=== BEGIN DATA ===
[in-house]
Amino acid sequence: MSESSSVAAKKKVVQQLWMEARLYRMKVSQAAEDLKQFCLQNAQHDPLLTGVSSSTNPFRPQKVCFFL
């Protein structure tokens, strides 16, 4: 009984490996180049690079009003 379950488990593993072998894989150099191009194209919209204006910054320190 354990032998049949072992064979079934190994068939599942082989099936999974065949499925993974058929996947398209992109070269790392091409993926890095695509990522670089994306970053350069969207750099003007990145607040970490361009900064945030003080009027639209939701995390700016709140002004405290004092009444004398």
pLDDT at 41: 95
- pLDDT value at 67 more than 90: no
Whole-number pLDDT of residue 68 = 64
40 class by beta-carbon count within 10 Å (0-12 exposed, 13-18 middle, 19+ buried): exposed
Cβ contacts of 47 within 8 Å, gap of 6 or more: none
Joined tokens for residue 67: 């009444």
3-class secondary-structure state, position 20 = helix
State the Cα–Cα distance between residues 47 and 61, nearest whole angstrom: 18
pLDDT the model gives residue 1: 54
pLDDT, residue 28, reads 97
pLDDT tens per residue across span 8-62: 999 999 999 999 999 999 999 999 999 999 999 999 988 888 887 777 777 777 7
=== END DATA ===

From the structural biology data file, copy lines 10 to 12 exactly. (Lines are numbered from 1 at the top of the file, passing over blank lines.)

3-class secondary-structure state, position 20 = helix
State the Cα–Cα distance between residues 47 and 61, nearest whole angstrom: 18
pLDDT the model gives residue 1: 54